Bone broth is a truly nutrient dense, nourishing food that has been made by various cultures for centuries. It requires the simmering of bones and/or carcass from either poultry, fish or meat for approximately 12-72 hours. The cooking process breaks down the bones and connective tissues of the animal creating a broth rich in proteins, minerals and fat. The inclusion of an acidic medium such as apple cider vinegar helps to draw minerals from the bones. The longer you simmer the bones/carcass the more nutritious the broth becomes.
Bone broth is rich in collagen which is the building block of skin, hair, tendons, cartilage and organs. One fourth of the protein in our body is collagen. Gelatin, the food term for collagen is particularly beneficial for gut healing and provides amino acids glycine, proline and lysine. Bone broth is rich in the minerals calcium, magnesium ,phosphorus and other trace minerals. It also provides glucosamine and chondroiton which may help arthritis and joint pain. Bone broth is particularly helpful for those with digestive disorders, because it is easily digested the body can utilise the nutrients present.
The most detailed and well researched article I have found on bone broth is by Dr Allison Siebecker Traditional Bone Broth in Modern Health and Disease. I usually make a bone broth once a week to sip on, make soups and braise meats. Not only is bone broth highly medicinal it has great flavour.
Here are instructions for producing your very own bone broth:
Source some bones and/or carcasses:
Fish carcass, chicken carcass, beef or lamb bones (raw bones, meaty bones, knuckles, ribs, necks or feet.) Choose only one animal.
Source enough water to cover the bones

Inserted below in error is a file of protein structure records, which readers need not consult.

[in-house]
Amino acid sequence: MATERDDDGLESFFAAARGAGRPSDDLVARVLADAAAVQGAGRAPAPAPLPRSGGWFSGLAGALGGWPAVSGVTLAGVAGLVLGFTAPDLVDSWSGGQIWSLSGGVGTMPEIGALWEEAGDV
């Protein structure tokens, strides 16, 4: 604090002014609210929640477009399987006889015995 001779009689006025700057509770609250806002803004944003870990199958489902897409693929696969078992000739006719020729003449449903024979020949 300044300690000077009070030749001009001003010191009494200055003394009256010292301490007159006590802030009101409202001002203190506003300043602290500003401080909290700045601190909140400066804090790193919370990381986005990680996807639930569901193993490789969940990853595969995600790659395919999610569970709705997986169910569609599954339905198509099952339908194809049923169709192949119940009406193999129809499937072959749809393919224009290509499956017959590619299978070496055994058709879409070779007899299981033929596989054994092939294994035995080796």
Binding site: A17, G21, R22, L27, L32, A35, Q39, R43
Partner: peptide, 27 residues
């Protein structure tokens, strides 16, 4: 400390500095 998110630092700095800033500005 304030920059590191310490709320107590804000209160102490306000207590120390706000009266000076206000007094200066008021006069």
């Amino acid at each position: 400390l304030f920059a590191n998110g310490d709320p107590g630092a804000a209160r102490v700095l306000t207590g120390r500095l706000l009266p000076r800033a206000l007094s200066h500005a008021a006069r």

Add in a large splash of vinegar (apple cider, balsamic or even wine.)
You may add in vegetables such as carrot, celery or any vegetable scraps. I usually have my broth plain.
When the bones/carcasses are covered with water and vinegar let it sit for 30 minutes to an hour then begin to heat to a simmer. Remove any scum that rises to the top. Now let the pot simmer on a very low setting (for chicken and fish 6 to 24 hours and beef and lamb 12 to 72 hours.) You may add in your vegetables a few hours before it is ready.
You may use the stove top or do what I do and after bringing the pot to the boil and removing scum transfer to a slow cooker.
When the time is up sieve the broth through a strainer. You can keep any meat and marrow remaining for soups etc.
Refrigerate or freeze your broth. It will last around 5 days in the fridge and many months in the freezer.
It is best to discard the fat of the fish or chicken broth as the fats are predominantly delicate polyunsaturated and monounsaturated and become rancid after cooking for long periods. The fat of lamb and beef is great for cooking and baking as it is highly saturated and stable.
Do you make bone broth? Has it helped you in anyway? Or do you just love the taste!